have to sell them for \$22 each, just as the price of new
computers rapidly sinks after they are introduced at an
initially high price, once they become the norm instead of
an innovation.

For now, however, they can make a machine comprising \$22 in
dead and living labour, and sell it for \$28, that is, they
make a superprofit of \$6 per machine.

The *depreciation* of \$48 in the existing machines thus has
an exact counterpart in the \$48 superprofit earned by the
new manufacturers. This has the same status as rent,
interest, commercial profit or any other 'levy' on the
general pool of profit - it is a transfer from one
capitalist to another.

The original capitalist *records* and *perceives* this as a
cost of \$48, that is, as part of the constant capital
involved in making the product. But really, it is a
*deduction from profits*, a 'technical rent' which allows
the new producers to make a higher-than-average profit.

Again, in this extreme case I also differ from Andrew, since
he has it that the ('old') machine transfers \$10 to the
product even though it has not suffered any material
alteration at all, that is, even though its turnover time in
use-value terms is effectively infinite.

How do we distinguish moral from material depreciation?
=======================================================

This already illustrates a very important point: Marx,
wherever he speaks of moral depreciation or the cheapening
of constant capital, always says that the change in value
originates 'outside the process itself', that is, outside of
the process that uses the machines.

But most of the illustrations that have been employed in the
discussion on depreciation, do not attempt to quantify which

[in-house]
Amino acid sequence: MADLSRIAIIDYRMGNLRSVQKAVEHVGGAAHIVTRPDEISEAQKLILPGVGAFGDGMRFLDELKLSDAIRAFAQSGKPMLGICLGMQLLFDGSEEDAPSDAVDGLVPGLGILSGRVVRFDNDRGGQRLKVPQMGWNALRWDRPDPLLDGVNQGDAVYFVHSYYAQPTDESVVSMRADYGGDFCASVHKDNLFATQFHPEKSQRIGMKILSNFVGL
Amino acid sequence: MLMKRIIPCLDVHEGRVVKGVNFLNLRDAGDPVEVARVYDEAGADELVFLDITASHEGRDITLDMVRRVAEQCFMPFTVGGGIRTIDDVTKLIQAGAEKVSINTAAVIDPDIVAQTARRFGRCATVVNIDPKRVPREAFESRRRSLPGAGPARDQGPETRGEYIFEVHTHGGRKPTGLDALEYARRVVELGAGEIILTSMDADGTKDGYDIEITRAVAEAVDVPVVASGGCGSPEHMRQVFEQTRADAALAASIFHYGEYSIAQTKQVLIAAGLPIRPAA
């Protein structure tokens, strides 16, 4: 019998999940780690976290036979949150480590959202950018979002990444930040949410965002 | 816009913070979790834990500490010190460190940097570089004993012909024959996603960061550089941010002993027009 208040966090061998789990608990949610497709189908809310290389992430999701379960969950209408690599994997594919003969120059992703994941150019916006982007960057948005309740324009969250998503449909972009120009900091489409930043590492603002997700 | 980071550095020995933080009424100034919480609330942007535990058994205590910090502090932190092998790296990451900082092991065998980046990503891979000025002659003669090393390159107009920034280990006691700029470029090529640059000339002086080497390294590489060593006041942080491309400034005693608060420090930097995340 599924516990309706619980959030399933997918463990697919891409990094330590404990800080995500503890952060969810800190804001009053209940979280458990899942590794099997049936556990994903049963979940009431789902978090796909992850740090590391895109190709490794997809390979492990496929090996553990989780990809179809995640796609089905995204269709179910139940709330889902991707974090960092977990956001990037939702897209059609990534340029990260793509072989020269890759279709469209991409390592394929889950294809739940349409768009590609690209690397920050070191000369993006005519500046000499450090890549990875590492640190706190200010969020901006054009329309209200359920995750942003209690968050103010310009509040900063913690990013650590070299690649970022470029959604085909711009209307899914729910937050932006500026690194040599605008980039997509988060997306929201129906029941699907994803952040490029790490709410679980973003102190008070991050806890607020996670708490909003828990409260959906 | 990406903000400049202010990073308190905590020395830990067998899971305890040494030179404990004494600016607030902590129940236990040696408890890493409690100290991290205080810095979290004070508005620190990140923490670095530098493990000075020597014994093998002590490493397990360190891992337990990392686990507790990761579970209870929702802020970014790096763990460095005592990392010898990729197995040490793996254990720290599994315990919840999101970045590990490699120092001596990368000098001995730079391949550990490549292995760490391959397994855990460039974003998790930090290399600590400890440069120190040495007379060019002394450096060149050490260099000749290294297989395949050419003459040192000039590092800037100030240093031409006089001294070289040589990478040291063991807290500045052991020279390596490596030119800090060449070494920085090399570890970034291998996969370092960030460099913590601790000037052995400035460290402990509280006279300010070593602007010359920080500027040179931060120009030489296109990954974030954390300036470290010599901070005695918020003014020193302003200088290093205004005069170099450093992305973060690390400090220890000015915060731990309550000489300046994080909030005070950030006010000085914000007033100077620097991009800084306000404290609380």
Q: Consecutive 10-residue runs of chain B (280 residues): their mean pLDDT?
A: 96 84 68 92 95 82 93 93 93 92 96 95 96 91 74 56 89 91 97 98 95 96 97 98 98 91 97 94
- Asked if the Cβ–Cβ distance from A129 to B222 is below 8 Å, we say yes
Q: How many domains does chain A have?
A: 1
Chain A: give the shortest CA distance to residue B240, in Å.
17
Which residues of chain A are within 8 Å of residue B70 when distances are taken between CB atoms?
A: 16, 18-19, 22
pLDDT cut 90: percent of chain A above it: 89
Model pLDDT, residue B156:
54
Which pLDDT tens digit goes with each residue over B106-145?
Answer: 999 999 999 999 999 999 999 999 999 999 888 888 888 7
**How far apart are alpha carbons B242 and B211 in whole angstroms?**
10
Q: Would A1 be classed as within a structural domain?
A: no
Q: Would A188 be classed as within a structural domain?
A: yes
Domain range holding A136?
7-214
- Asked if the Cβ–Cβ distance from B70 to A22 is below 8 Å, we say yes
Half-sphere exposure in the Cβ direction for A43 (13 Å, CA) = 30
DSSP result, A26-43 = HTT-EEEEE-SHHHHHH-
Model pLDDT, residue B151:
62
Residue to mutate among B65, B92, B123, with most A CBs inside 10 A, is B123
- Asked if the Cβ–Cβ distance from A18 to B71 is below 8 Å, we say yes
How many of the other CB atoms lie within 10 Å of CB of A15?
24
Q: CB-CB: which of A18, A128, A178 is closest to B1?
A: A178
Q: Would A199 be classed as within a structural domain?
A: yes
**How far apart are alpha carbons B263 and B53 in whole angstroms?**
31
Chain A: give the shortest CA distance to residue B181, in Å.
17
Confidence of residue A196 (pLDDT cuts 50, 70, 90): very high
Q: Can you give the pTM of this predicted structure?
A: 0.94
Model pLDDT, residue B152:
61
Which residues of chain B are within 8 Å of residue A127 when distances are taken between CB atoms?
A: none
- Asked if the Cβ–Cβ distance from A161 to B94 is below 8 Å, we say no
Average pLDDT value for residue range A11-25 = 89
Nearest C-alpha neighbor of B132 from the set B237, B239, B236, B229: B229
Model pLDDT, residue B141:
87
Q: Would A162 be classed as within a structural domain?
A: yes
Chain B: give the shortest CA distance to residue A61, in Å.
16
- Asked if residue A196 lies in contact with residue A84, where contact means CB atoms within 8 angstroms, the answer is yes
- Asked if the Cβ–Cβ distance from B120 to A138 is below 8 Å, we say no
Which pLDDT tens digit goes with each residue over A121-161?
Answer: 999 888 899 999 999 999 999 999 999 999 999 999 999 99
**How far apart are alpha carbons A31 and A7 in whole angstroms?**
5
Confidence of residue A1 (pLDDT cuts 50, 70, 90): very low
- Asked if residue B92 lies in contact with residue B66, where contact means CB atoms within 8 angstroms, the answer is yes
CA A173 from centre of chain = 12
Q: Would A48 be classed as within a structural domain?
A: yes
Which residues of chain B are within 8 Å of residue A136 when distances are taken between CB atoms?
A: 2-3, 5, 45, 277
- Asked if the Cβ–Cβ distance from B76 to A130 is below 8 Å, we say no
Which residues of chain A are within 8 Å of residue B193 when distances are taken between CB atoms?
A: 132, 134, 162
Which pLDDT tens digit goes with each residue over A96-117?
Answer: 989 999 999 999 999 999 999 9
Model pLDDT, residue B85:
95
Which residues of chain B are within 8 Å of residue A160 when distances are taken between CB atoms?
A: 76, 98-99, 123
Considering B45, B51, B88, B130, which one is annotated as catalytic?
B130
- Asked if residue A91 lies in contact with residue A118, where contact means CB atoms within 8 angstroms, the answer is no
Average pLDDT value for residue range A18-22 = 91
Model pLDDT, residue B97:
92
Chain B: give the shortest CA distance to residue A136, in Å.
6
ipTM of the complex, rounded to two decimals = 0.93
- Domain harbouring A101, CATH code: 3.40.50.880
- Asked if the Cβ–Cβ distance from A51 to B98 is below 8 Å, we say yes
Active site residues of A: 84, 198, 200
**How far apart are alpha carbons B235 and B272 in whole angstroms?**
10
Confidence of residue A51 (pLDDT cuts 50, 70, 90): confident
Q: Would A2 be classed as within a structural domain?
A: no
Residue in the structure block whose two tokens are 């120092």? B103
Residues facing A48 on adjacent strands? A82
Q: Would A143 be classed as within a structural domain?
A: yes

portion of the decline in value originates outside, and
which inside, the process of production which uses the
machine. Thus Andrew (like, I think, many others in the
discussion) gets the *same* value transfer to the product,
regardless of whether the decline in value originates
inside, or outside, the process using the machine. I think
this cannot be right. Whatever moral depreciation is, it
must be possible to distinguish it both quantitatively and
theoretically from material wear and tear, and the value
transferred to the product therefore *cannot* be determined
without knowing what proportion of the decline in value, is
due to what cause. I cannot accept that the *same* answer is
valid in all cases. Otherwise, in what wise is moral
depreciation different from any other depreciation?

I have always founds this strange since, when I study
Andrew's (much-neglected) work on the Okishio theorem, the
equations I find there seem to me to make this necessary
distinction, which is why (in my opinion) he gets the same
curve and the same figures for the rate of profit as I do.

Case 3: a mixture of moral and material depreciation
====================================================

Now pass to the intermediate, and general case. This is
where a *part* of the depreciation is material, and a
*part* of the depreciation is moral.

In this case we must know the relative proportions by some
other means, or we cannot properly estimate the value
transferred to the product. But I think this is quite easy
to ascertain. What we should do is compare the 'resale' or
scrap value of the machine in the capitalists' hands, with
that of a new machine of the same type. If, for example, a
new machine could be found on the street for \$32, then I
would say that of the total decline in value of \$12 (from
\$40 to \$28) in each machine, \$8 is the effect of moral
depreciation, to be calculated as in the second part of this
post, and the remaining \$4 is the effect of material wear
and tear, to be calculated as in the first part of this
post.

An alternative which Andrew might find more acceptable,
since I think he prefers to think in terms of the natural
physical life of the machine, is the following: if we know
what this natural physical life is (on reasonable
assumptions about intensity of use) then we can say that in
each year, the value passing into the product through
material wear and tear is \$160 divided by this life (that
is, as Marx says, the total purchase price divided by the
turnover time) and the rest is moral depreciation.

Alan